As for why your giant spiders are using human’s as a hive mind, i would encourage you to look at Willk’s answer which could offer some insight. The answer focuses on giant spiders being in a caste system, having small ones which poison people before the larger ones come, dragging the prey back to the nest underground.

Applying this to your answer, your giant spider may be a member of the larger caste. However, perhaps they were lost or stranded from their smaller caste. To compensate, the spider started using humans to fill this role and, as humans have digits and can do fine work, it made them very useful to the spider.

Hive Mind

Does a hive mind race need a written language?

Whilst not about spiders, it can be applied to yours. “What would life be like in a hive mind” seems a bit too broad to answer. However, regarding your question of if an engineer could continue to work on engineering problems, the answer is probably yes, and so could the butcher, the baker and the candle stick maker. The reason being is that information could be shared between all members of a hive mind telepathically. Even if the baker has never picked up a spanner is his life, the information could be telepathically transmitted to him, allowing him to repair the engine with ease. This is assuming there is an engineer in the hive mind with that information.

Alternatively, you could rule that information must be transferred verbally or written down and humans in this hive mind still have some degree of individuality remaining from before their incorporation. This would mean that the engineer still knows how to be an engineer but the butcher, the baker and candlestick maker do not.

A further option could be castes, I would advise you to look into bees or ants. Essentially you could have a caste of engineers and technicians, a caste of generalised drones, another of fighters, a caste of nurses etc. This way you have different groups (similar to our own societies) which specialise into different areas and have a different set of skills depending on what their role is. An engineer gets put into the engineer caste, for example.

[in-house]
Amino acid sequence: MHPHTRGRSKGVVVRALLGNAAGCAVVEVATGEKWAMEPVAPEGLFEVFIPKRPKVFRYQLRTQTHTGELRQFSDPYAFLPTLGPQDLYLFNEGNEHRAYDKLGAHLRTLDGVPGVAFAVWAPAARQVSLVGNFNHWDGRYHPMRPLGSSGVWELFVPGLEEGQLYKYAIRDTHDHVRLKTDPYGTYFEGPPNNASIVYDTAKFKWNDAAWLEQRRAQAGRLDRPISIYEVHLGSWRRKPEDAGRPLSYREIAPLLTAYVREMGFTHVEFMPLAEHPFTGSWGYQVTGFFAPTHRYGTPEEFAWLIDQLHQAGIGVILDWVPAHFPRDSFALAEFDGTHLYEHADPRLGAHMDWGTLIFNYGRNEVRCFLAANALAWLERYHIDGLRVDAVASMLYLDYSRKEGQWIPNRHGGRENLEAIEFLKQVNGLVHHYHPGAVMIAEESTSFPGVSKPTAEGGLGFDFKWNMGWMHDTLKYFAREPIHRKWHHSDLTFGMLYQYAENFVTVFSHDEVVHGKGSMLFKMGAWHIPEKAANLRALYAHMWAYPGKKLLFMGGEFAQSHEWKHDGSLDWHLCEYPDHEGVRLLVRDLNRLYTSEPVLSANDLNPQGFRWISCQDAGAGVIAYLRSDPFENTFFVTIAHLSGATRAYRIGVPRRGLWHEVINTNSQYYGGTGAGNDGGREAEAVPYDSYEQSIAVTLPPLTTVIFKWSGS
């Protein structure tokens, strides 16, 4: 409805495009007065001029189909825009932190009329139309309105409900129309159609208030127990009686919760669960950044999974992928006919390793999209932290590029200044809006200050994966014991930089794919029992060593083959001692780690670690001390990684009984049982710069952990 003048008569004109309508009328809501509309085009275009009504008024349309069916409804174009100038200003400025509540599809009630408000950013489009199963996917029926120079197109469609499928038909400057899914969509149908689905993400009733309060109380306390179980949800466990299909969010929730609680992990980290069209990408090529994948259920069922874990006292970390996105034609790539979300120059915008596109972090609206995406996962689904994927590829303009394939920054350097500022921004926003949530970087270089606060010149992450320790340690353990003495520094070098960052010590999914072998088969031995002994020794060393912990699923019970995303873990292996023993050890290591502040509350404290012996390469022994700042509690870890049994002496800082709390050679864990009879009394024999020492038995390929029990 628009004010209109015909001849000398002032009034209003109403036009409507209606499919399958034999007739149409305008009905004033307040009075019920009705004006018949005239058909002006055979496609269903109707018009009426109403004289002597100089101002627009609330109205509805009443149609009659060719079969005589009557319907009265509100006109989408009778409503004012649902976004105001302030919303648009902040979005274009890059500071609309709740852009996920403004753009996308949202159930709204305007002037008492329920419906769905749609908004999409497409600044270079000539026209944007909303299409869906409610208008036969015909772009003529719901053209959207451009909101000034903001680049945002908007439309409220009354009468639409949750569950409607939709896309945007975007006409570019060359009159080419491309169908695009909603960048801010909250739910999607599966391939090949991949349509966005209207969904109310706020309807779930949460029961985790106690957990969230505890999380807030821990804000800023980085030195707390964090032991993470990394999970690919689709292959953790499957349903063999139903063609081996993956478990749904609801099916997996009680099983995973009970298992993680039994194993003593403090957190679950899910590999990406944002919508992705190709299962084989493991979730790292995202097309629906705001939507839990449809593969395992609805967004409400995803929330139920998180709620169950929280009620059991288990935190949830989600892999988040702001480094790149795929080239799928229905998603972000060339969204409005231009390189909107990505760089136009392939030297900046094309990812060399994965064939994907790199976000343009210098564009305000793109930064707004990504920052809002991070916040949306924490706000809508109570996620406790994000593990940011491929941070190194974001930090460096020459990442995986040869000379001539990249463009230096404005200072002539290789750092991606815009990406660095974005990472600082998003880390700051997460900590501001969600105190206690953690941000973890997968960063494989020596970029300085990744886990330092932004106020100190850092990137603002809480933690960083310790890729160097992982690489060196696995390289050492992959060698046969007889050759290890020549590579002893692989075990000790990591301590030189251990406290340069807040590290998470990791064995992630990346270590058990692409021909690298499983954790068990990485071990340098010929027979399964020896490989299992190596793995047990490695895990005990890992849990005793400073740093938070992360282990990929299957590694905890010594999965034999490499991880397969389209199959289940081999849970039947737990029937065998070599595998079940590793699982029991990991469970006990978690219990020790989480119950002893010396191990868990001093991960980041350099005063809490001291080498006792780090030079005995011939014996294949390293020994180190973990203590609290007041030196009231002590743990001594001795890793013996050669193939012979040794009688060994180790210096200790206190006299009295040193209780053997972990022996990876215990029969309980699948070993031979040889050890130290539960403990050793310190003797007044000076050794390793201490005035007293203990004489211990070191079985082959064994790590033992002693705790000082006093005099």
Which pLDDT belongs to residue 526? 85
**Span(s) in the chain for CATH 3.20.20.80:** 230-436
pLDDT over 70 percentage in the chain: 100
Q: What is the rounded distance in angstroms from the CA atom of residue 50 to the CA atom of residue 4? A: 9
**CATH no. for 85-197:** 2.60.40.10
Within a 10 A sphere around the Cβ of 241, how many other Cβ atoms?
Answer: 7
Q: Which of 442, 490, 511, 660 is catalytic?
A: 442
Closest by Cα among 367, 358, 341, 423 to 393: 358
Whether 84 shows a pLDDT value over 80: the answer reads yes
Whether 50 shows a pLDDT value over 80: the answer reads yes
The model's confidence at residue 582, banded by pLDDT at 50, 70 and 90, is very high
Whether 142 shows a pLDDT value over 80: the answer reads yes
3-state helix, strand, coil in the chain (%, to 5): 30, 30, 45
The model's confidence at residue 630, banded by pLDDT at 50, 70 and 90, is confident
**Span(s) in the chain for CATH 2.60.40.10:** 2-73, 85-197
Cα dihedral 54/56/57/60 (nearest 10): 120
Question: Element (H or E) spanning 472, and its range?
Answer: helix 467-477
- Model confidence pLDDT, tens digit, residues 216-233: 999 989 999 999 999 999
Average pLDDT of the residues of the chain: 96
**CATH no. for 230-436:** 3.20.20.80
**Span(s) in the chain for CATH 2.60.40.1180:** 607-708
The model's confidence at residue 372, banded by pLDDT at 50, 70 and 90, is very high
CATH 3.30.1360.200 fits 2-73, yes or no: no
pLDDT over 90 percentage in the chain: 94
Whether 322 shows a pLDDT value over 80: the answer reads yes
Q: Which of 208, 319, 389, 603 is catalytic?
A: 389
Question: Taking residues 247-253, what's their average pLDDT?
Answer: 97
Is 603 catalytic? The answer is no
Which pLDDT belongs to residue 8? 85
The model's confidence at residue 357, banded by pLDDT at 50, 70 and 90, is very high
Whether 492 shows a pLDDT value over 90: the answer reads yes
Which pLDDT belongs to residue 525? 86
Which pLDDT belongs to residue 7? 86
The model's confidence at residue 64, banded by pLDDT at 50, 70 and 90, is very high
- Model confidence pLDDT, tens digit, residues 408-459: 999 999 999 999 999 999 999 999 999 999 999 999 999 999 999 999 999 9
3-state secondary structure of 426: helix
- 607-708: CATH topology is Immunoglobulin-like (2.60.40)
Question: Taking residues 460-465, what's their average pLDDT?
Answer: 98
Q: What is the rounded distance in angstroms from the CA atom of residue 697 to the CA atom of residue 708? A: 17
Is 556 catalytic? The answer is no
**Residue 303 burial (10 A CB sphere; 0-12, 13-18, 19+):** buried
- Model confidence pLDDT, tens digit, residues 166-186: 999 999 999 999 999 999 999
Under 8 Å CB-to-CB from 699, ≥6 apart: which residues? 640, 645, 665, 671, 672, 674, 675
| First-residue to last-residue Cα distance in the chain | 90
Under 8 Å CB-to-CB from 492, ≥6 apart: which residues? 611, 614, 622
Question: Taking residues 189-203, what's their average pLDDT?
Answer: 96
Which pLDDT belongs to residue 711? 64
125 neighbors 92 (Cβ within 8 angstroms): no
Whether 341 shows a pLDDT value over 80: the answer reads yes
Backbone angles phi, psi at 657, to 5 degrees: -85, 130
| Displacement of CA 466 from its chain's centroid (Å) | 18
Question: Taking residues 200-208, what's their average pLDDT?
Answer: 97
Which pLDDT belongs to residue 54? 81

If it had that kind of telepathy, couldn’t they be the regular spiders or people we see everyday and just project that way, it would’ve evolved as predatory defense to keep us from attacking them and culling the population as a food source. It’s like a twist on simulation theory, instead of the matrix telepathic spiders

  • $\begingroup$ For me, it's more likely the spider traps the humans and puts their minds through computer simulations, much like a video game. This would be much easier than telepathically controlling a complex human mind. $\endgroup$ – Rohit Pandey Apr 14 at 5:48
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    $\begingroup$ I don’t mean full control per say, but influence and surveillance through projection. $\endgroup$ – Travis Apr 14 at 5:54